As a person who suffers from OCD, I have had many encounters with people who haven’t a clue what my disorder entails. I would have to say that most people lack knowledge of what OCD is. They don’t understand what causes it, they don’t realize how painful and debilitating it can be, but more importantly, they have zero education as to how it’s managed.
When people don’t understand what OCD is, they typically aren’t going to bother to learn about it. They are all too happy to assume that they know what it is and how it affects a person. I suppose that would be fine if they didn’t share their ignorance with others. The sharing of this ignorance invalidates the disorder. People assume that OCD is merely a minor nuisance or a quirky personality trait. It’s common to hear people claim to be “so OCD!” They aren’t saying this to express a level of extreme distress. They are saying it to be comical. A person who has OCD won’t express it that way at all. They might say, “I suffer from OCD” or “my OCD is so bad right now that I can barely function.”
The obsessional themes of OCD are highly varied, but for the sake of what I want to discuss, I will focus on one type called OCD/Scrupulosity or Religious OCD.
When Christians are afflicted with this form of OCD, things can go downhill very quickly if they receive the wrong counsel.
Before I go even one step further as to why this is the case, I recommend that no one should try to counsel someone with this form of OCD unless they have a substantial understanding of the disorder as to cause and appropriate treatment strategies.
In general, our Christian friends, though they mean to help, aren’t going to be able to. The same applies to most Pastoral counsel.
In OCD/Scrupulosity, the obsessional theme and all accompanying intrusive thoughts will be about the person’s security in their relationship to God. Now that might prompt someone to think, “Oh, I can settle that for them just by pointing them to Scripture!” But that’s not at all how you manage OCD. What people fail to understand is that when you do that, you are only feeding the disorder. Treatment for OCD isn’t about pointing out errant thinking or providing reassurances. It’s not about teaching a person to have more faith in God or correcting sinful attitudes. It’s not about renewing the mind through thought replacing. It’s not just that these tactics are wrong. It’s that these tactics are counterproductive and serve to make the disorder so much worse. So in helping, using these manners, you would be hurting the person with OCD/Scrupulosity.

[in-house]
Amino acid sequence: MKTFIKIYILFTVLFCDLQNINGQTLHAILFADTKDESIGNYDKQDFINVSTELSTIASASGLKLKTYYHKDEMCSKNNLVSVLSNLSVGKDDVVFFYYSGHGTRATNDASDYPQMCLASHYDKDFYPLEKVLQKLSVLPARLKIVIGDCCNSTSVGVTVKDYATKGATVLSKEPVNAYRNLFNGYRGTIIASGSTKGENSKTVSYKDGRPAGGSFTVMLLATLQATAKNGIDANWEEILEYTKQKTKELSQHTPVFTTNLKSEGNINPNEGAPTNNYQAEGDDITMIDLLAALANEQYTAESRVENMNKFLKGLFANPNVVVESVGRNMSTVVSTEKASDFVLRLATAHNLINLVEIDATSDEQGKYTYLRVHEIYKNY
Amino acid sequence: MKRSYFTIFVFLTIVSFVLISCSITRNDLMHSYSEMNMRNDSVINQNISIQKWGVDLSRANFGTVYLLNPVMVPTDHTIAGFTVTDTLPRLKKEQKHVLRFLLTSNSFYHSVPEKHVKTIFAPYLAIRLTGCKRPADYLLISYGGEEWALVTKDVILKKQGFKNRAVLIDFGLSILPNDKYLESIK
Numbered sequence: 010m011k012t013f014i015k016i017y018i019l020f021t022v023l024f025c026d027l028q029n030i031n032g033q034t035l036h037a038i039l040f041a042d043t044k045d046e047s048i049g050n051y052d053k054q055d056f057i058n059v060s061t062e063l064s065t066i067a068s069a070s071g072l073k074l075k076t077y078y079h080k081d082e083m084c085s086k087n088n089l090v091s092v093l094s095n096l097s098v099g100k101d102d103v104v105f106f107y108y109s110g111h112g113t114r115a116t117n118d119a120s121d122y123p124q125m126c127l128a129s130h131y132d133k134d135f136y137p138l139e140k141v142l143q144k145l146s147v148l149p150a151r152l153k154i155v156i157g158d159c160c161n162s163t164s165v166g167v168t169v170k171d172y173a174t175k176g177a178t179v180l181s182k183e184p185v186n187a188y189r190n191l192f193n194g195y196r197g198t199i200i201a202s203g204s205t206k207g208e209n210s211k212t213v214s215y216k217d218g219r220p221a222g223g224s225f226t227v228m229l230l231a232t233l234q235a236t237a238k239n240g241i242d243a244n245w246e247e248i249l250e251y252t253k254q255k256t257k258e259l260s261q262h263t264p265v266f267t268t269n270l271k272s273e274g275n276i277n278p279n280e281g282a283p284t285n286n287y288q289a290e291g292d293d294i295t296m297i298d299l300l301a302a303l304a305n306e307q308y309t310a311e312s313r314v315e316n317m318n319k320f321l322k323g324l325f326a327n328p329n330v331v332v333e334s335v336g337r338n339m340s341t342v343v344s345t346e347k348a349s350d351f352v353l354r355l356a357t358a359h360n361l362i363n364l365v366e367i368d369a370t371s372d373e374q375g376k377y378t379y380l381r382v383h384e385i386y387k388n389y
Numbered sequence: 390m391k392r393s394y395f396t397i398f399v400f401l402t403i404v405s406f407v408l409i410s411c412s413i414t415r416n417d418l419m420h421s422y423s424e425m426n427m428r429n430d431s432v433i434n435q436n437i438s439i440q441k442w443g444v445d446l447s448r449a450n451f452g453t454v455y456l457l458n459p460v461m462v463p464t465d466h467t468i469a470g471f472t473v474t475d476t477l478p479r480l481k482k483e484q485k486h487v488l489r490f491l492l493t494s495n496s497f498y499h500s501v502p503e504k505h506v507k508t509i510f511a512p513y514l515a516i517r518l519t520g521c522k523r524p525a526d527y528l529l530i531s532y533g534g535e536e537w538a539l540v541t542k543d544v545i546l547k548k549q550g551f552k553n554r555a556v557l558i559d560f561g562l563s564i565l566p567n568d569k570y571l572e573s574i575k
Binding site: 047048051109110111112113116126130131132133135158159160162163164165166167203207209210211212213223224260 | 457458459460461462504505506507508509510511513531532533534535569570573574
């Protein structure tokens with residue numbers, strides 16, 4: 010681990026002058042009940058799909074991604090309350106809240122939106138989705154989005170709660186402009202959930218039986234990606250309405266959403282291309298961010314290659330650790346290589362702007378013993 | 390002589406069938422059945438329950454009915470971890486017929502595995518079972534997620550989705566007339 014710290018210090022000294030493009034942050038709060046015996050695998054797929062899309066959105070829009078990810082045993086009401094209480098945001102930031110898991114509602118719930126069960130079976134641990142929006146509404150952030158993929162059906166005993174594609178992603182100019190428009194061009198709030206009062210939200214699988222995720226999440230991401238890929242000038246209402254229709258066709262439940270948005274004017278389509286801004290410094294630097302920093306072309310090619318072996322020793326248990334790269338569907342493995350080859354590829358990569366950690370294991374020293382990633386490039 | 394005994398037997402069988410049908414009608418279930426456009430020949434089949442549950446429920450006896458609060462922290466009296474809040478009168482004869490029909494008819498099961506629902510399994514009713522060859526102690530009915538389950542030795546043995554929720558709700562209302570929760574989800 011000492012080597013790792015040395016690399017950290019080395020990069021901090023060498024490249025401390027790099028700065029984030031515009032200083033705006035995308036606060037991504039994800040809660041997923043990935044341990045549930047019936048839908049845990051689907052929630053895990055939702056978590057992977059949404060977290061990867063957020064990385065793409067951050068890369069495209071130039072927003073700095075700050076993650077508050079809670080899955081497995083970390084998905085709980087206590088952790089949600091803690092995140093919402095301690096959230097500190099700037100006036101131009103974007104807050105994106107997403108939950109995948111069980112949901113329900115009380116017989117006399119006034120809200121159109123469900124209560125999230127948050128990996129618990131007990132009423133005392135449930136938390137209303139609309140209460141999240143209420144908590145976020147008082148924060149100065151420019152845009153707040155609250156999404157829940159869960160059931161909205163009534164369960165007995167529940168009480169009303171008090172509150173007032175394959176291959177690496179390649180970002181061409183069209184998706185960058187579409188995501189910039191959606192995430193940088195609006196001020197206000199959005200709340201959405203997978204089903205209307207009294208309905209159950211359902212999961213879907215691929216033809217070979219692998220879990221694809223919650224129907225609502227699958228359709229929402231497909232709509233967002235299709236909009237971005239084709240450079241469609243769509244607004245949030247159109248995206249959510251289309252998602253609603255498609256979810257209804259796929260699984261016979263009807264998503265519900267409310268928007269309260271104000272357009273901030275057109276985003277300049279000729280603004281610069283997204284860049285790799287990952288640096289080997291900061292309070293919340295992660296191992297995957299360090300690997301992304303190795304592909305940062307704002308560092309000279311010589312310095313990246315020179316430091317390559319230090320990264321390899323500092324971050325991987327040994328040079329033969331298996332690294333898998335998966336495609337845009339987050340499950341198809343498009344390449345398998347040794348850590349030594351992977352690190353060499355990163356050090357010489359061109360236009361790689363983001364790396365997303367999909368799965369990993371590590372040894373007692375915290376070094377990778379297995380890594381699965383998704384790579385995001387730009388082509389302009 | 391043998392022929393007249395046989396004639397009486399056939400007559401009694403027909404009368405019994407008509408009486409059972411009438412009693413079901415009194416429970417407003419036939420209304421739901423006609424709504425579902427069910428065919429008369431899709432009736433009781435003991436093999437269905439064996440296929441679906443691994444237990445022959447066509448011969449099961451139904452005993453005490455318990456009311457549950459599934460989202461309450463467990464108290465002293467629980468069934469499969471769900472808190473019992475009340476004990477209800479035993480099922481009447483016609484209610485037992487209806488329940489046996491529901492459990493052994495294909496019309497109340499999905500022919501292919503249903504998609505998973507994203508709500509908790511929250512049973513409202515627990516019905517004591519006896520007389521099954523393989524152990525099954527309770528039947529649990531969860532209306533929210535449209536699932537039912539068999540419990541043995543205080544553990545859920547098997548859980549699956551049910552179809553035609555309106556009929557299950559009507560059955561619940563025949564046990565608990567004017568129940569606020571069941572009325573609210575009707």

OCD is OCD, no matter what the theme and the treatment approach will be the same.
The cause of OCD is not faulty thinking that needs to be corrected. The person with OCD will have already considered most or all of the reassurances or correct information that you offer. They already know that the level of anxiety that they are experiencing in response to the theme is inordinate. Just merely pointing any of this out to them isn’t going to fix the problem.
Will they ask for reassurance? Yep! That’s a compulsion. And if you provide that reassurance, you will be feeding the cycle of the disorder.
I can’t possibly go into what causes OCD, how it operates, and treatment regimens in this short blog. There’s far too much to cover because OCD is a highly nuanced disorder that demands the expertise of someone specifically trained to treat it.
Therefore, on behalf of those who suffer, don’t try to fix our thinking. Instead, an offer to pray for us in the same way you would pray for anyone who is afflicted will validate our experience. Words that encourage us to pursue help from our doctor and a psychologist would be much more helpful. And, finally, counsel which looks to the scriptures on perseverance and purpose in suffering also apply to OCD. OCD isn’t the exception to the lessons of suffering in the life of a Christian. It’s only a that it’s an affliction that’s sadly very misunderstood.
I suffer from this form. Prozac helps me a lot, but Do you have any Christian counselors you can recommend who specialize in Scrupe counseling? Thank you
Yes! Love your advice to just pray for the person, as you would pray for any suffering person.
I have suffered from this type of OCD for over 20 years and it is dibilitating at times. Can you offer names of any therapist that deal with this that I could contact?
Hi Kim, we’re you able to find a therapist?